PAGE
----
UN in talks with Riyadh on Yemen

U.S. Secretary of State John Kerry addresses the audience during a meeting of the APEC's San Francisco Declaration Empowering Women for Economic Growth, in Lima, Peru on Friday. (Reuters)
Updated 19 November 2016
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UN in talks with Riyadh on Yemen

GENEVA/ADEN: The UN said on Friday it was working with Saudi Arabia to try to bring Yemen’s government to peace talks after it rejected a plan brokered by the US.
US Secretary of State John Kerry claimed on Tuesday that the Saudi-led coalition, that backs the government in its fight against the Houthi group, supported a cease-fire plan that the Houthis have agreed to.

But President Abed Rabbo Mansour Hadi’s internationally recognized government rejected Kerry’s move, complaining that it played into the hands of the Houthis.
“We are working very closely with Saudi Arabia and other countries in the region that can influence (the parties to the conflict),” UN Deputy Secretary-General Jan Eliasson told a news conference in Geneva.

“We have discovered a stronger and stronger view that this war must come to an end but we have to bring them back to negotiating table,” he said.
Military and medical sources said Friday that more than 20 people have been killed in intense fighting between Houthis and Hadi government soldiers on the outskirts of Taiz.

Sources told AFP that 13 Houthis and eight Hadi soldiers were killed over the past 24 hours.
Two civilians were also killed and 16 wounded as Houthis fired Iranian-supplied rockets on a residential area of Taiz, they said.
The medical charity Doctors Without Borders (MSF) said emergency rooms it supports or manages in Taiz province had received a total of 21 dead and 76 wounded.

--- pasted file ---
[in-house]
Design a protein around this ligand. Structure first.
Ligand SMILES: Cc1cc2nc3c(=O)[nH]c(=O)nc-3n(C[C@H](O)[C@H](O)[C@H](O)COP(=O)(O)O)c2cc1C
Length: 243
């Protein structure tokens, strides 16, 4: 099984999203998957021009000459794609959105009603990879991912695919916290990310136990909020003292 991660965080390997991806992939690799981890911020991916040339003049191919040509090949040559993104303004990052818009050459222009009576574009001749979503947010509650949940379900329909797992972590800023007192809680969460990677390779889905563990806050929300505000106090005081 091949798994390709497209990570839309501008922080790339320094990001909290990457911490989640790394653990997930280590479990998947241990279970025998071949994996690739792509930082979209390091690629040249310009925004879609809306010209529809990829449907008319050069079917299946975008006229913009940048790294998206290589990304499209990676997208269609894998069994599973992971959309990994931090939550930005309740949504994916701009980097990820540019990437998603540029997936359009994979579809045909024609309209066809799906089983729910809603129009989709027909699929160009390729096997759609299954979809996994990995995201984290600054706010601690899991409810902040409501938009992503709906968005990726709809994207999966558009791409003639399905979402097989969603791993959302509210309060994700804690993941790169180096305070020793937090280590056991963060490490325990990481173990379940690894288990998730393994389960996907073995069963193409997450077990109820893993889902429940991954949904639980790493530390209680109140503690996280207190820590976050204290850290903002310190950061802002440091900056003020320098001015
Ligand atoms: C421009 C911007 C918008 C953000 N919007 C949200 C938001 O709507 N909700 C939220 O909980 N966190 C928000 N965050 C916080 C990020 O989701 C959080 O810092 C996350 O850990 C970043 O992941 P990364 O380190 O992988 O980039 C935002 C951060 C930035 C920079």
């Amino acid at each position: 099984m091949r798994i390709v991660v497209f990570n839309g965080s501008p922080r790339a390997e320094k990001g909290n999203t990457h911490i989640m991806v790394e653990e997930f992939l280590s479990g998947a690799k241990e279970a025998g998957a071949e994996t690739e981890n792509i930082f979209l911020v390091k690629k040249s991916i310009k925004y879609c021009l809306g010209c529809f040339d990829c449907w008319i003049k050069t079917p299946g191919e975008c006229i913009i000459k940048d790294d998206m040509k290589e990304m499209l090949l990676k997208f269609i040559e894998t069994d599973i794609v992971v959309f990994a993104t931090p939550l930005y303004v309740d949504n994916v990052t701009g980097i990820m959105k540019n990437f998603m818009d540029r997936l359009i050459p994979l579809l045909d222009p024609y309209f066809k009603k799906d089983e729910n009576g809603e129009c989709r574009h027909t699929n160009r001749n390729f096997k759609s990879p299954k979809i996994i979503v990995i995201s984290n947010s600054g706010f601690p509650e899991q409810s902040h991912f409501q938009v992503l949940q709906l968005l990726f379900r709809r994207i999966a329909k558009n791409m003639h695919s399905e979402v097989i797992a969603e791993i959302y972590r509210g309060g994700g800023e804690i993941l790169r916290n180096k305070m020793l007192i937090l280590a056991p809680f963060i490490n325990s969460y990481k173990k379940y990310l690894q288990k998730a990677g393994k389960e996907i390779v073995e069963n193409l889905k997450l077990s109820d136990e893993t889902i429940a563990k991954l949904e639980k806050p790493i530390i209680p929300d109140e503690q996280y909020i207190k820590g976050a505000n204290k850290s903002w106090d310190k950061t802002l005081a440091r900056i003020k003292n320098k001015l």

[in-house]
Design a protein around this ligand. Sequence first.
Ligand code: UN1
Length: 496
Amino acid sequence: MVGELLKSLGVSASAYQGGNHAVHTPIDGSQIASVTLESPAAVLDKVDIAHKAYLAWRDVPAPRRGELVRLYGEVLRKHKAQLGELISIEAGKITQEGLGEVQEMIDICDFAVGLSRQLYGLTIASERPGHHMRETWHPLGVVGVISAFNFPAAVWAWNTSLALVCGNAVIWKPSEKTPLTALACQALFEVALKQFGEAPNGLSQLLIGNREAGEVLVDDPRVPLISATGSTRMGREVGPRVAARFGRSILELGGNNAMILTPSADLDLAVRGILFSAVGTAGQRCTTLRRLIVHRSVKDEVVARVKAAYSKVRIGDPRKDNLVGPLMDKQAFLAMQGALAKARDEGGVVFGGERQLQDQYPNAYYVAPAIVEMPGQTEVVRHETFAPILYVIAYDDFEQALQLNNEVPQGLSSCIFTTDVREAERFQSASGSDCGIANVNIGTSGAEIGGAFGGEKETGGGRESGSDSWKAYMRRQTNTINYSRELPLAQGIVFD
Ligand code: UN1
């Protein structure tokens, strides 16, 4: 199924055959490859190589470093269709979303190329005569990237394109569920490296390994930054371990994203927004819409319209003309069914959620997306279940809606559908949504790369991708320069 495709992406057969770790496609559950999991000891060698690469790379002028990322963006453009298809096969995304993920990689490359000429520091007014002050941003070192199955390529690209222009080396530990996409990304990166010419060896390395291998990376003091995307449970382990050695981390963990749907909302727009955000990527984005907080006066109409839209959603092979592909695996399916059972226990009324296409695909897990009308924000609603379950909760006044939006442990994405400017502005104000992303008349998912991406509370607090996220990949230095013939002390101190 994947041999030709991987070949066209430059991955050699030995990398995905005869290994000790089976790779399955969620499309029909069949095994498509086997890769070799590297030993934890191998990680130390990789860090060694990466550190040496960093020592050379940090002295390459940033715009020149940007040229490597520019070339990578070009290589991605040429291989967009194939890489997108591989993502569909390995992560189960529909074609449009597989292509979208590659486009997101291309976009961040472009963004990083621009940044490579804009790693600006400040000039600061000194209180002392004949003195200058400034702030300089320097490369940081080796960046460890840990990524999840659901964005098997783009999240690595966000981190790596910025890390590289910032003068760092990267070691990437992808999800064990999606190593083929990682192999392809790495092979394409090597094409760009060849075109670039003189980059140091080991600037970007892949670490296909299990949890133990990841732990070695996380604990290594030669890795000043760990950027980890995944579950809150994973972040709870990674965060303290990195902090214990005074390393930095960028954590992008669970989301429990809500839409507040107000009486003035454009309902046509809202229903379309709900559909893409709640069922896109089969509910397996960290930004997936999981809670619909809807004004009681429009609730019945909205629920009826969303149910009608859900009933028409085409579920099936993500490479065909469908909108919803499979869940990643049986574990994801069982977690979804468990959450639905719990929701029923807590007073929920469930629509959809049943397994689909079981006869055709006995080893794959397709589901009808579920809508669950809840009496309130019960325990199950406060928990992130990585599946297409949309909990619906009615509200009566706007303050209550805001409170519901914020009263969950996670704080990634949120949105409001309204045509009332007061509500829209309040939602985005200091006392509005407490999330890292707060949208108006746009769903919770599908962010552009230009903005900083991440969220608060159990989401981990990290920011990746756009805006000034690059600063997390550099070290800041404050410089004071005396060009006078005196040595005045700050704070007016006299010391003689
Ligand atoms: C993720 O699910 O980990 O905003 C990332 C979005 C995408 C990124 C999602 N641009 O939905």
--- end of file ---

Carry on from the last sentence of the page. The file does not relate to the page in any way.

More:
The Interior Ministry, meanwhile, announced that a soldier, Mohamed bin Ali Al-Hussain Al-Ja’afri, was martyred as the southern borders in Asir region were hit by rockets fired from Yemen. The soldier succumbed to his injuries in hospital, said a ministry spokesperson.


Trump says war with Iran 'would not last very long'

Updated 23 min 14 sec ago
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Trump says war with Iran 'would not last very long'

  • The comments come just days after Trump cancelled air strikes minutes before impact

 

WASHINGTON/GENEVA: US President Donald Trump said Wednesday he was "not talking boots on the ground" should military action be necessary against Iran, and said any conflict would not last long.
Asked if a war was brewing, Trump told Fox Business Network: "I hope we don't but we're in a very strong position if something should happen."
"I'm not talking boots on the ground," Trump said. "I'm just saying if something would happen, it wouldn't last very long."
The comments come just days after Trump cancelled air strikes minutes before impact, with allies warning that the increase in tensions since the United States pulled out of a nuclear pact with Iran last year could accidentally lead to war.